The Lamp in the Desert eBook

Ethel May Dell
This eBook from the Gutenberg Project consists of approximately 355 pages of information about The Lamp in the Desert.

She extricated herself with a gentle aloofness more difficult to combat than any open opposition, and he went away to express himself more strongly to Bernard Monck from whom he was sure at least of receiving sympathy if not support.

Stella returned to her baby with a stunned feeling of having been struck, and yet without consciousness of pain.  Perhaps she had suffered so much that her faculties were getting numbed.  She knew that the Colonel was surprised that his news concerning Everard had affected her so little.  She was in a fashion surprised herself.  Was she then so absorbed that she had no room for him in her thoughts?  And yet only the previous night how she had yearned for him!

It was the end of everything for him—­the end of his ambition, of his career, of all his cherished hopes.  He was a broken man and he would drop out as other men had dropped out.  His love for her had been his ruin.  And yet her brain seemed incapable of grasping the meaning of the catastrophe.  The bearing of her burden occupied the whole of her strength.

The rest of the Colonel’s news scarcely touched her at all, save that the thought flashed upon her once that if the danger were indeed so great Everard would certainly come to her.  That sent a strange glow through her that died as swiftly as it was born.  She did not really believe in the danger, and Everard was probably far away already.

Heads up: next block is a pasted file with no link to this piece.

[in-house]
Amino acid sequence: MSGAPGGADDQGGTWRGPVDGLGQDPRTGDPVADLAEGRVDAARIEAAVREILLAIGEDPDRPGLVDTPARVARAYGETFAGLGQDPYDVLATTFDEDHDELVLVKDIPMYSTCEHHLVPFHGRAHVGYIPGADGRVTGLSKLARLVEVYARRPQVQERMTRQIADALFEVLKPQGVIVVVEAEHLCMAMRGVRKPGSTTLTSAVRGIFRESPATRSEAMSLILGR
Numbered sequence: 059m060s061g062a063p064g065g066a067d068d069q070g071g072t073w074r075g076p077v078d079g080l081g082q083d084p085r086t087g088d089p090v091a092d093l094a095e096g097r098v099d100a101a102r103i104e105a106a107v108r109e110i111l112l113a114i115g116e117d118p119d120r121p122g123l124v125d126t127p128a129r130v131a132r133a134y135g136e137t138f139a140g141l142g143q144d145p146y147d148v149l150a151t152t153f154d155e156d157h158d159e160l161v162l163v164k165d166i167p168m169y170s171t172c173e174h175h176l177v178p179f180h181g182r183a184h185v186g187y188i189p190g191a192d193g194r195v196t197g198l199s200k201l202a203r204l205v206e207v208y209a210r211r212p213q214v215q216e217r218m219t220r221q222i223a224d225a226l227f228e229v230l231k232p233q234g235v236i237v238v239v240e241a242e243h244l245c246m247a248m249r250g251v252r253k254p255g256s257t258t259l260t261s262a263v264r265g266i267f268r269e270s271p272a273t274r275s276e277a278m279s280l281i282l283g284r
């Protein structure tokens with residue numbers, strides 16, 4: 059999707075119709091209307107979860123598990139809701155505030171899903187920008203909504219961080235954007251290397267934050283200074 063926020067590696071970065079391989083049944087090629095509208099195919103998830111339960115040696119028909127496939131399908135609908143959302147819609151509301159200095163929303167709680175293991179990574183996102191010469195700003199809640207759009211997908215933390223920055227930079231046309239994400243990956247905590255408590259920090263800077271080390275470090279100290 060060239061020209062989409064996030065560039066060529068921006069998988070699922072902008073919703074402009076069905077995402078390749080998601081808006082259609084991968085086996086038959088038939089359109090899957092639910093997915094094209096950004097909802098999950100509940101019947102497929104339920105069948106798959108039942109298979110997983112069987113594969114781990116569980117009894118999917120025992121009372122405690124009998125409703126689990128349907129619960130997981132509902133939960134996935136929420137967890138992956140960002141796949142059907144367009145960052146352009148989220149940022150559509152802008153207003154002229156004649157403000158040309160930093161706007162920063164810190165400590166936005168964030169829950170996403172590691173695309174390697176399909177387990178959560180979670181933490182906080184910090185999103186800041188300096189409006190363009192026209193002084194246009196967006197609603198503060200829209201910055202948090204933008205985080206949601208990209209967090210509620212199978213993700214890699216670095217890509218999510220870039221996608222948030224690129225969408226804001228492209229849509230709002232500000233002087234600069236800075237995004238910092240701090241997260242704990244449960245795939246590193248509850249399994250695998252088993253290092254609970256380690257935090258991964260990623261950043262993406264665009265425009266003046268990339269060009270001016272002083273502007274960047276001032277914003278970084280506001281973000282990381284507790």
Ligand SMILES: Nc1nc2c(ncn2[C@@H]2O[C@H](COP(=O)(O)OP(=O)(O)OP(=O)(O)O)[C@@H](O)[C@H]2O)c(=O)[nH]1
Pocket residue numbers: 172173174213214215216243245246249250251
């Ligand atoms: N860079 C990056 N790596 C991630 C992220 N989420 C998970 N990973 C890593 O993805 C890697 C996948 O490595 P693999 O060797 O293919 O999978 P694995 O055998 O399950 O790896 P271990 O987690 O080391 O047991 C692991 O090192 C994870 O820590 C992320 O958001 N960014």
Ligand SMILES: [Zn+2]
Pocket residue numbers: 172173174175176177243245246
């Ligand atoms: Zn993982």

She went back to her baby and the ayah, Hanani, over whom Peter was mounting guard with a queer mixture of patronage and respect.  For though he had procured the woman and obviously thought highly of her, he seemed to think that none but himself could be regarded as fully qualified to have the care of his mem-sahib’s fondly cherished baba.

Stella heard him giving some low-toned directions as she entered, and she wondered if the new ayah would resent his lordly attitude.  But the veiled head bent over the child expressed nothing but complete docility.  She answered Peter in few words, but with the utmost meekness.

Her quietness was a great relief to Stella.  There was a self-reliance about it that gave her confidence.  And presently, tenderly urged by Peter, she went to the adjoining room to rest, on the understanding that she should be called immediately if occasion arose.  And that was the first night of many that she passed in undisturbed repose.

In the early morning, entering, she found Peter in sole possession and very triumphant.  They had divided the night, he said, and Hanani had gone to rest in her turn.  All had gone well.  He had slept on the threshold and knew.  And now his mem-sahib would sleep through every night and have no fear.

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The Lamp in the Desert from Project Gutenberg. Public domain.
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